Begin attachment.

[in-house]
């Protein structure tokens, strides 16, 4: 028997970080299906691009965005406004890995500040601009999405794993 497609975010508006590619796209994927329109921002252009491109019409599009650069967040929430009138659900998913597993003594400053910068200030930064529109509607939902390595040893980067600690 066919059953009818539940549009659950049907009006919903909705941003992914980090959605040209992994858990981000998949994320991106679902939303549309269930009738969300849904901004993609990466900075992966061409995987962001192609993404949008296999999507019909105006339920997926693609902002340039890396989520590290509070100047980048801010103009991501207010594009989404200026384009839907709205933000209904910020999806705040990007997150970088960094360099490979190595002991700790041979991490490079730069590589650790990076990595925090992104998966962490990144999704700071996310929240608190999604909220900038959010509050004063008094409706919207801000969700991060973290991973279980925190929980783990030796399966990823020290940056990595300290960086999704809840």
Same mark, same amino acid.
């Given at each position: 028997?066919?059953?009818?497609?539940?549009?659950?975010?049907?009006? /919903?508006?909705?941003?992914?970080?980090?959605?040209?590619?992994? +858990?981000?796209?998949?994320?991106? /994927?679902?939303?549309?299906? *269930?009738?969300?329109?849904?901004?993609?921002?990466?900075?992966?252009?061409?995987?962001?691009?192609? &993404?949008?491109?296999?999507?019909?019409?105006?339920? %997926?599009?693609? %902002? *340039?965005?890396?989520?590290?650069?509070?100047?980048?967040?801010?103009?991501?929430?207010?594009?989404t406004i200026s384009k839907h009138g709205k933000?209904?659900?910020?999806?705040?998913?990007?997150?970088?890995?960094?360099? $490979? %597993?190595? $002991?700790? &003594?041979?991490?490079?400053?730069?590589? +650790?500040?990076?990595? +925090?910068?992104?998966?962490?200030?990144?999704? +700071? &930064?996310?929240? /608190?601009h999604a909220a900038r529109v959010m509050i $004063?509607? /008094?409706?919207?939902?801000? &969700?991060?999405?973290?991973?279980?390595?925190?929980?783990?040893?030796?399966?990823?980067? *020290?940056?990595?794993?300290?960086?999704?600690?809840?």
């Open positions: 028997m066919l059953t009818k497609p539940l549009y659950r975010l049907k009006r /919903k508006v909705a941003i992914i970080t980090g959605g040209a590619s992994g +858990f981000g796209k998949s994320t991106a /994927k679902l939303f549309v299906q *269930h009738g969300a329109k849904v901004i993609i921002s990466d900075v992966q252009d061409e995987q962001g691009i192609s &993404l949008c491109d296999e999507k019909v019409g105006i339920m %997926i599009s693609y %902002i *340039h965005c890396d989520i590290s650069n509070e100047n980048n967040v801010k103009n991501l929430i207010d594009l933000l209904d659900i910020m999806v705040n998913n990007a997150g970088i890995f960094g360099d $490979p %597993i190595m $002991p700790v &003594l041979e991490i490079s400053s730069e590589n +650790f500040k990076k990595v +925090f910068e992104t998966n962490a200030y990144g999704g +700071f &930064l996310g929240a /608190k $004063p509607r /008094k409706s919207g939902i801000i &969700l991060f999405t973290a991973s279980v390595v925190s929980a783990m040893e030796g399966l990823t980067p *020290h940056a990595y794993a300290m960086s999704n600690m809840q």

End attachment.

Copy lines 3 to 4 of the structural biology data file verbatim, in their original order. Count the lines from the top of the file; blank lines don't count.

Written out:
Same mark, same amino acid.
């Given at each position: 028997?066919?059953?009818?497609?539940?549009?659950?975010?049907?009006? /919903?508006?909705?941003?992914?970080?980090?959605?040209?590619?992994? +858990?981000?796209?998949?994320?991106? /994927?679902?939303?549309?299906? *269930?009738?969300?329109?849904?901004?993609?921002?990466?900075?992966?252009?061409?995987?962001?691009?192609? &993404?949008?491109?296999?999507?019909?019409?105006?339920? %997926?599009?693609? %902002? *340039?965005?890396?989520?590290?650069?509070?100047?980048?967040?801010?103009?991501?929430?207010?594009?989404t406004i200026s384009k839907h009138g709205k933000?209904?659900?910020?999806?705040?998913?990007?997150?970088?890995?960094?360099? $490979? %597993?190595? $002991?700790? &003594?041979?991490?490079?400053?730069?590589? +650790?500040?990076?990595? +925090?910068?992104?998966?962490?200030?990144?999704? +700071? &930064?996310?929240? /608190?601009h999604a909220a900038r529109v959010m509050i $004063?509607? /008094?409706?919207?939902?801000? &969700?991060?999405?973290?991973?279980?390595?925190?929980?783990?040893?030796?399966?990823?980067? *020290?940056?990595?794993?300290?960086?999704?600690?809840?």